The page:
The Real Price of Success – Sacrifices to build your Retirement Nest Egg

After a lifetime of work, as we retire to our second life, how will we define our success? Is it in the size of our bank account? Is it the collection of things we have amassed residing within the bigger-than-I-could-even-need-house? Or is it the memories of experiences and quality time spent with those who matter most to us? How big of a retirement nest egg do you need and at what cost?

It is a reasonable expectation that we work hard to make money to provide a good life for our family and prepare for our retirement – no one questions that. And along the way, it is expected that sacrifices need to be made. But the choice of what to sacrifice needs to be a conscious one as everything involves trade offs. In David Ning’s post “Sacrifices you should not make to save money” he acknowledges that sadly, people often neglect their friends and family as they endeavor to climb the corporate ladder. Whether consciously or otherwise, choices have been made and you are where you are because of them. But at what actual cost?


A hundred years from now it will not matter what my bank account was, the sort of house I lived in, or the kind of car I drove…but the world may be different because I was important in the life of a child – Simone Weil

The real costs of pursuing success

Success does not come cheap:

  • Commute time spent going to and from work each day – it is not unreasonable with rush hour traffic being what is to spend an hour plus commuting each day – each way. More than two hours every day just getting to work and back. These stress packed hours add up to many negatives that impact the rest of our life:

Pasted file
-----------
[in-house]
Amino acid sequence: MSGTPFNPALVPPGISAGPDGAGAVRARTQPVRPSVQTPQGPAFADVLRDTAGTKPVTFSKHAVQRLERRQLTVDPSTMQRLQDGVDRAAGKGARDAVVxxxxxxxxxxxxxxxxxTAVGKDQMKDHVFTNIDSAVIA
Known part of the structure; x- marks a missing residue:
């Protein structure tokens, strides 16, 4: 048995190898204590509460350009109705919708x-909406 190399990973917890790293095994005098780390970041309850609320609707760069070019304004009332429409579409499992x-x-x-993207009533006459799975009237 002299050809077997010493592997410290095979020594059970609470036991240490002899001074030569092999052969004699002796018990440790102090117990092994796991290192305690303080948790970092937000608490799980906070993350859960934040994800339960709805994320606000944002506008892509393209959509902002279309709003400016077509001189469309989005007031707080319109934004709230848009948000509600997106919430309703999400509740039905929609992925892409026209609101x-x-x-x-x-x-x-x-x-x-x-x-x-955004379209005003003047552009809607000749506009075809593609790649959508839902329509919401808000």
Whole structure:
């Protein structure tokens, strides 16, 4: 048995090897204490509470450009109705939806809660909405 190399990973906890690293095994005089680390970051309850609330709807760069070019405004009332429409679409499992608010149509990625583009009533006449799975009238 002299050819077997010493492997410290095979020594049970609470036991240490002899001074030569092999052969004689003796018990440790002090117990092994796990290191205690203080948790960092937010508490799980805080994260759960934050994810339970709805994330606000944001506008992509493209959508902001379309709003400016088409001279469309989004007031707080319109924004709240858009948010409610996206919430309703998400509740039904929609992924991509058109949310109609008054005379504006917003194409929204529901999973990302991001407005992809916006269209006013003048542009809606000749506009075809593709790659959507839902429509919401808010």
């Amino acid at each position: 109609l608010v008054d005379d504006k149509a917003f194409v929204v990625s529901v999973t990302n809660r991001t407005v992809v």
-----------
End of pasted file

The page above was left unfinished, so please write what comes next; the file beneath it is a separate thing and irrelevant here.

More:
• Stressful beginning to the work day – instead of arriving with a ready-to-go attitude, we are already beaten down.
    • Frustration as we wait in traffic, unsure of the cause or duration, just waiting and burning gas as our blood pressure rises.
    • Upon arriving home, wound tighter than a rubber band, tempers run short and patience is at a premium. Do you really want your first interaction with your smiling child running to welcome you home to be a snarl instead of a wide grinning hug? How long can a kid keep it up if each time they share their love you shut them down?
  • 60+ hour work weeks – no time for your spouse, no time for your children, and for sure no personal time for yourself.
  • Travel requirements – you need to be in Chicago tomorrow by noon for an important meeting and no one checked to learn your daughter has her ballet recital tomorrow evening. And guess who gets to explain to her why you cannot be there at this important event in her young life.
  • Weekends are not your own and your family misses you.

All in all this is a very unbalanced situation with the majority of your life revolving around your job. And what is you need to work after retirement? Each decision you make along your career path involves trade offs. Yes you want to provide for your family but without being a part of the family, who are you kidding? And once spent, you can never get this time back.